• 2. The California Roundtable on Agriculture and the Environment (CRAE) is an alliance of agricultural, environmental, regulatory, and social justice leaders seeking to promote an agriculture and food sector that is economically viable, environmentally sound and socially responsible. As members of CRAE, we believe that society should value (monetarily and otherwise) the benefits that farmland contributes to a healthy environment, feeding people, and providing additional social and economic outcomes. We support the cultivation of environmental management and regulatory systems that take a systemic approach rather than focus on single media or narrow outcomes, and that encourage growers and ranchers to effectively steward our natural resources. The principal objective of the CRAE working group on ecosystem services is to foster policy and planning frameworks to incentivize and deliver practices that lead to strong agricultural, environmental, and societal outcomes. Members of the CRAE Working Group on Ecosystem Services: Pelayo Alvarez, California Rangeland Conservation Coalition; Karen Buhr, California Association of RCDs; Robert Gore, Silent Partner Strategies; Ann Hayden, Environmental Defense Fund; Holly King, King & Gardiner Farms; Paul Martin, Western United Dairymen; Daniel Mountjoy, Sustainable Conservation; Jessica Musengezi, Defenders of Wildlife; Dave Runsten, Community Alliance with Family Farmers; Tracy Schohr; Steve Shaffer, American Farmland Trust. Institutional advisors: Casey Walsh Cady, CDFA; Laura Harnish, Environmental Defense Fund and the California Department of Conservation; Luana Kiger, USDA NRCS; Mark Nechodom, California Department of Conservation. These Guidelines are Endorsed by the Following CRAE Member Organizations: Agricultural Council of California, American Farmland Trust, California Association of Resource Conservation Districts, California Association of Winegrape Growers, California Farm Bureau Federation, California Grape and Tree Fruit League, California Rice Commission, Community Alliance with Family Farmers, Defenders of Wildlife, Environmental Defense Fund, King and Gardiner Farms, Markon Cooperative, California Chapter of The Nature Conservancy, Roots of Change, Sustainable Conservation, San Joaquin Resource Conservation District, Western United Dairymen; and the following individual members: Cornelius Gallagher, Bank of America Merrill Lynch; Robert Gore, Silent Partner Strategies; Richard Rominger. Special thanks to CRAE’s institutional partners for support of this effort: Almond Board of California, California Department of Conservation, California Department of Food and Agriculture, University of California, United States Department of Agriculture Natural Resources Conservation Service, and the State Water Resources Control Board. The production of this publication was coordinated by Katy Mamen, Serena Coltrane-Briscoe, and Joseph McIntyre, Ag Innovations Network. Buffers along artichoke fields in Monterey County, CA Photos courtesy of USDA Natural Resources Conservation Service ii | CRAE - California Roundtable on Agriculture and the Environment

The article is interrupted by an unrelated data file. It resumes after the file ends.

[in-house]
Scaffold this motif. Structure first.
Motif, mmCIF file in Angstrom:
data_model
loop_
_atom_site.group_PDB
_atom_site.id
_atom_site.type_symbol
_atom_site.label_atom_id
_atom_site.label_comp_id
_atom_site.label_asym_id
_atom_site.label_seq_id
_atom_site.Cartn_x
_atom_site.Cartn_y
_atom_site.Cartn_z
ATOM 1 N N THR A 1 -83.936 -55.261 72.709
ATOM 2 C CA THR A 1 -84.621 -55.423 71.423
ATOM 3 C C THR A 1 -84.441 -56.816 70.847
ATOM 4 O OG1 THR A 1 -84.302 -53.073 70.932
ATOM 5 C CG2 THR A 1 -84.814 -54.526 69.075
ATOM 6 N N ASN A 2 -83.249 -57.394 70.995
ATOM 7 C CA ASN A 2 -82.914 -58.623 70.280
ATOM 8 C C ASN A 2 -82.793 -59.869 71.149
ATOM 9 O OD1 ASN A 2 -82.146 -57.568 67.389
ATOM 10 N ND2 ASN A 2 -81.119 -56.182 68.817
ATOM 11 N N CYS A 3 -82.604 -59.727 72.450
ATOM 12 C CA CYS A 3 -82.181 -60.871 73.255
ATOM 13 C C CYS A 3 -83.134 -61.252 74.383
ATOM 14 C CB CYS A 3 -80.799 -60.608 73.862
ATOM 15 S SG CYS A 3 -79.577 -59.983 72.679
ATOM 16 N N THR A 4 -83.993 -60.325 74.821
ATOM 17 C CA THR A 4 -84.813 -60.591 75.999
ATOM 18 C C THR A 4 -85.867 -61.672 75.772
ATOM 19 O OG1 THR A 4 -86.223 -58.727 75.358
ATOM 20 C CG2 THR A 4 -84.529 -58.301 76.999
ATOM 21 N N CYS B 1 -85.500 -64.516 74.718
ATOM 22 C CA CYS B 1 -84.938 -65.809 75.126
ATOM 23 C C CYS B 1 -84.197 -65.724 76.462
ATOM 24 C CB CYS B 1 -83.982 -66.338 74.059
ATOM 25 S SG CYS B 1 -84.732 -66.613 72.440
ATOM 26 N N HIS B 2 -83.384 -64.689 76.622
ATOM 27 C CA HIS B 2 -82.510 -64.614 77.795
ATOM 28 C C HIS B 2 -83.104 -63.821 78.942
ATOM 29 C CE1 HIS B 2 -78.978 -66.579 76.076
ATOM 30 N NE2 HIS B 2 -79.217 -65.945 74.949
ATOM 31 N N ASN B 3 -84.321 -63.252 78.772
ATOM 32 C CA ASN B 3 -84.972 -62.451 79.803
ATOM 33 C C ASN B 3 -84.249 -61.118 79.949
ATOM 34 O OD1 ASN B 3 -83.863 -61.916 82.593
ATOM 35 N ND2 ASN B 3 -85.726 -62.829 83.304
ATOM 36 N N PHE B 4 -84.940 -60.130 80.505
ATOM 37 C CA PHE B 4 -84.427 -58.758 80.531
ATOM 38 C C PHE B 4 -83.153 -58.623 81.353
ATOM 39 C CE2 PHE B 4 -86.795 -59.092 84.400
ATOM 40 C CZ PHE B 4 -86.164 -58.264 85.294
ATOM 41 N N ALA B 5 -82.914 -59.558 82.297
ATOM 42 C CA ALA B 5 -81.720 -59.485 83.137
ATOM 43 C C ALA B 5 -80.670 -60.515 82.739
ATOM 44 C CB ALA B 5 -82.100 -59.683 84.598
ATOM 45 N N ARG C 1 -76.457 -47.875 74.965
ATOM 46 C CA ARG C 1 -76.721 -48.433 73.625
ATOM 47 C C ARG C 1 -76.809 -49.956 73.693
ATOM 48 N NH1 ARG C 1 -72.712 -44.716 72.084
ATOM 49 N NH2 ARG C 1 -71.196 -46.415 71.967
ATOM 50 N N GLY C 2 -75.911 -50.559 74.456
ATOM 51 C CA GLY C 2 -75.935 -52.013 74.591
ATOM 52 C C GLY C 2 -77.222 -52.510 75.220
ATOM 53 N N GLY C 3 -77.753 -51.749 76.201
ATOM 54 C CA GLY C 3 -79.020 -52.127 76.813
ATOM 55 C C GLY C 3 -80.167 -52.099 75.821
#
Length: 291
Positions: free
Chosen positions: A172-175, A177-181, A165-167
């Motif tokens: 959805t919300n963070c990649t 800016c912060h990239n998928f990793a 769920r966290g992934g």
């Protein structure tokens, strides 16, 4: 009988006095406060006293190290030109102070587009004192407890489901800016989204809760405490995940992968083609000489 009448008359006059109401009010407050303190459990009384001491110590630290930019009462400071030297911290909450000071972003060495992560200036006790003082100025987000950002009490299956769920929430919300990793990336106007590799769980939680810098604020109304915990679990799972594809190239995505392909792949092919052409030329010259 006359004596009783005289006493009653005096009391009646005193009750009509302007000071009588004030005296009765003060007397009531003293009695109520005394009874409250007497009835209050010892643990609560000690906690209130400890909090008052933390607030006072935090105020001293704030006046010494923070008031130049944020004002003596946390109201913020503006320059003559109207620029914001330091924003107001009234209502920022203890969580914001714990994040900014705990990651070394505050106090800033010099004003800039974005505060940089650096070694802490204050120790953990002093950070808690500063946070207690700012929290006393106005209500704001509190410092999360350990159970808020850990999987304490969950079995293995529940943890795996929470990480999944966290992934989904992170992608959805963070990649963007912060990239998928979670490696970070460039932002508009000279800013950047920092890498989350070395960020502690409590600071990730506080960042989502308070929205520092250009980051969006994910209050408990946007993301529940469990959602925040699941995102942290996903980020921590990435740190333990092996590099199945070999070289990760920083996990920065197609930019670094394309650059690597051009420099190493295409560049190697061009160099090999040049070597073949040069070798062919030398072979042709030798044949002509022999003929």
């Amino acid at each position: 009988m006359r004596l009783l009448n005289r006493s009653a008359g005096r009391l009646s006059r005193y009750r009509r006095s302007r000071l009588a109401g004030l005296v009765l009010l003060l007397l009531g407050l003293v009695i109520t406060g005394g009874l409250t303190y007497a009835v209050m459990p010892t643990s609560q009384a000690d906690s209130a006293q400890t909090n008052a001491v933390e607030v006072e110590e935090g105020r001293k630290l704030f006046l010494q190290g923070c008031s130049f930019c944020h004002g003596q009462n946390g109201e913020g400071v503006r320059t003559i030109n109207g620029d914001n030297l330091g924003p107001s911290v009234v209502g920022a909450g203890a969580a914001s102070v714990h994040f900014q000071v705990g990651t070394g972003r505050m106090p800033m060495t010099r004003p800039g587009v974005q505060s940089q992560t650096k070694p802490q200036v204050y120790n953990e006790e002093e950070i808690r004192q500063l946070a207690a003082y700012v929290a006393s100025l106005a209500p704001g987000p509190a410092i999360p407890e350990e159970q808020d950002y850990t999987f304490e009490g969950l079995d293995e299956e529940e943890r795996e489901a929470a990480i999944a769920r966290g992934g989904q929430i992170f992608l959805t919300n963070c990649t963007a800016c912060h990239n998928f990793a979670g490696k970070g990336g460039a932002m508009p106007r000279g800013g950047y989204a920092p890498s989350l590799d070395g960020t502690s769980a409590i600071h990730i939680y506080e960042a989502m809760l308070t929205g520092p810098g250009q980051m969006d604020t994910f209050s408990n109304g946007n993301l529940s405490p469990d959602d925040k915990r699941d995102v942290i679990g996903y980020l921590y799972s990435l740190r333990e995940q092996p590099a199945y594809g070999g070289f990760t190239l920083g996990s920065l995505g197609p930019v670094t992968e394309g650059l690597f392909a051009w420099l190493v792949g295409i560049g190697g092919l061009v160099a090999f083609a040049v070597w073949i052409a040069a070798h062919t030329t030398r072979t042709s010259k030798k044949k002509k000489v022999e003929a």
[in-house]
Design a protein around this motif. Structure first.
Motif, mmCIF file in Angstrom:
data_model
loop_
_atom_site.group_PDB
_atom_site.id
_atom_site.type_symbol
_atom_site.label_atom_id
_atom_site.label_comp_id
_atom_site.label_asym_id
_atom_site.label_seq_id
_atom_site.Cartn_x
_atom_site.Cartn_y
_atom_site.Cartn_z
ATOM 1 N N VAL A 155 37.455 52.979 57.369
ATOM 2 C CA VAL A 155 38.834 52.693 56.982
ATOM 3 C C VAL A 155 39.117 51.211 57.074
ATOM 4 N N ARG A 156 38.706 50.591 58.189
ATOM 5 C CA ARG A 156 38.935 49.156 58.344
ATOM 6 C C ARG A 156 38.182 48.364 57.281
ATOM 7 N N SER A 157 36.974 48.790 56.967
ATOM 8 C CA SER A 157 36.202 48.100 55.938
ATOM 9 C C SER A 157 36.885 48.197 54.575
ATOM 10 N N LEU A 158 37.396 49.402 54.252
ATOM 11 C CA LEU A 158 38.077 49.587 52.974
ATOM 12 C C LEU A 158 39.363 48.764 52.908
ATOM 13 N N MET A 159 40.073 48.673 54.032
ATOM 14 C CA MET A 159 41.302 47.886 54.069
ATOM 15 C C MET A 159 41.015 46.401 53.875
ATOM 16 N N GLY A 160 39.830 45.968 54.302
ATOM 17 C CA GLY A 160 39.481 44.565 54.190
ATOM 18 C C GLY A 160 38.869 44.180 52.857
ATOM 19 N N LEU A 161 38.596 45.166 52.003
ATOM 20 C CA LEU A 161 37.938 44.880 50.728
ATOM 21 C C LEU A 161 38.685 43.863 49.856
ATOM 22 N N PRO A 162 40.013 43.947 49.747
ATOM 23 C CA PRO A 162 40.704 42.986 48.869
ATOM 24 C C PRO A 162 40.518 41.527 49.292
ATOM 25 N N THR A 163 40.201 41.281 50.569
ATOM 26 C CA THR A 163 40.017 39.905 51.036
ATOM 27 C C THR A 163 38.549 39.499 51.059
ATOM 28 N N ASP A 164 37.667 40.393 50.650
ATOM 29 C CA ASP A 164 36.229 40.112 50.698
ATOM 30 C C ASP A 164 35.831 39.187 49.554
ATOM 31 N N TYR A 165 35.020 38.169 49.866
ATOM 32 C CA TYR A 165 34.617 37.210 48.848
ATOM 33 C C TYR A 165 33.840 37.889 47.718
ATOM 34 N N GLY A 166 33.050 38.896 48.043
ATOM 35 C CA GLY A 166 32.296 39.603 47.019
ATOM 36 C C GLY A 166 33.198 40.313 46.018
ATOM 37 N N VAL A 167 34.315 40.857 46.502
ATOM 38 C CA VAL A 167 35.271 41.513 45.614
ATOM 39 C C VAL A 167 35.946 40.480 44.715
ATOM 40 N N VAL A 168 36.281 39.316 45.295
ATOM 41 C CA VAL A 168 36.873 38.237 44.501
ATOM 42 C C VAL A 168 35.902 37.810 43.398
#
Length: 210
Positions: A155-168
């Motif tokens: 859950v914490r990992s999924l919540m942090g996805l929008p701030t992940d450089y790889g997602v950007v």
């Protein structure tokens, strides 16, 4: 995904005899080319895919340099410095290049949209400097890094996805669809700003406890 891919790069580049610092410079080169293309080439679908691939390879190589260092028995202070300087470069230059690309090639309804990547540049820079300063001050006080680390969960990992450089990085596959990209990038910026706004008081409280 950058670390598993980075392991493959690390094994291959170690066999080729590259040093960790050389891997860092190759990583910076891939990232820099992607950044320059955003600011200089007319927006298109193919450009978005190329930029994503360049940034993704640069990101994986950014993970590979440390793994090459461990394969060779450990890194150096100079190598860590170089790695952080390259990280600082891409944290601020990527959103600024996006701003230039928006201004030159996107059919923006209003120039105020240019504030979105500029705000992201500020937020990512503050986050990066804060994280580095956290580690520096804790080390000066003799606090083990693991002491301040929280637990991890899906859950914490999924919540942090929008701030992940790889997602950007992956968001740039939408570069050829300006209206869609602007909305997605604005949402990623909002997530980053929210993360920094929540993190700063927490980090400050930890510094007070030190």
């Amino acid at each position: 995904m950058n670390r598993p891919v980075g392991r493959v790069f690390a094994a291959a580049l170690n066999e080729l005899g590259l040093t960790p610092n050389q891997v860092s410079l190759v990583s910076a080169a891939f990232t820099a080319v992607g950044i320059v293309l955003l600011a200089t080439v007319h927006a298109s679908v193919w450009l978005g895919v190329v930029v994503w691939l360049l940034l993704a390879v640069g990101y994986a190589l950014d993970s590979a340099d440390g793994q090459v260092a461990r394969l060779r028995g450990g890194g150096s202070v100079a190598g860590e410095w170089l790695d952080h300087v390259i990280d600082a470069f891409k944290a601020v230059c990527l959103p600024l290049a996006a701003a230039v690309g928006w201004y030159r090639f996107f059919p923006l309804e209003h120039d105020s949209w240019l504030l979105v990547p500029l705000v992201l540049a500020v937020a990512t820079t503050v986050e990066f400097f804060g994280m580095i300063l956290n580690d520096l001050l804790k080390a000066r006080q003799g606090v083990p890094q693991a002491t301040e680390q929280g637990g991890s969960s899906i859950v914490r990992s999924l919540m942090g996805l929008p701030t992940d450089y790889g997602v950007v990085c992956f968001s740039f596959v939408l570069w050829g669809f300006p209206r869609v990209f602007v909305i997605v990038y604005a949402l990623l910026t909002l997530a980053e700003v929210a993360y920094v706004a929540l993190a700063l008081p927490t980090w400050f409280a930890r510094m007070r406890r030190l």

• 3. The Opportunity to Build Incentives for Ecosystem Services in California There is a growing recognition of the role that environmental markets and other incentive mechanisms could play in serving a variety of needs in California. Landowners and the agricultural community are facing increased pressure to demonstrate measurable gains in environmental quality, while at the same time working to replace income lost from cuts in conservation and Williamson Act funding. Conservation groups and the agriculture sector are increasingly seeing opportunities to supply public benefits through incentive-based approaches to environmental restoration, and agencies are seeking ways to spend their limited funding more effectively. Ecosystem services programs can help target conservation investments for more strategic outcomes where financial support for general conservation outcomes is dwindling. Meaningful efforts to address these needs are being explored through a variety of pilot projects throughout the state, yet a more comprehensive political and economic framework has yet to be established. The emerging field of environmental markets and other mechanisms for valuing and rewarding the provision of environmental services in California would greatly benefit from a unified collaborative framework, a more supportive regulatory and policy environment, and broader market development efforts. The time is ripe for decisive action to raise the visibility of ecosystem services opportunities and to build a more enabling policy environment for ecosystem services programs that address California’s unique challenges. Restored wetland in Yolo County Guidelines for Creating Effective Ecosystem Services Incentive Programs and Policy | 1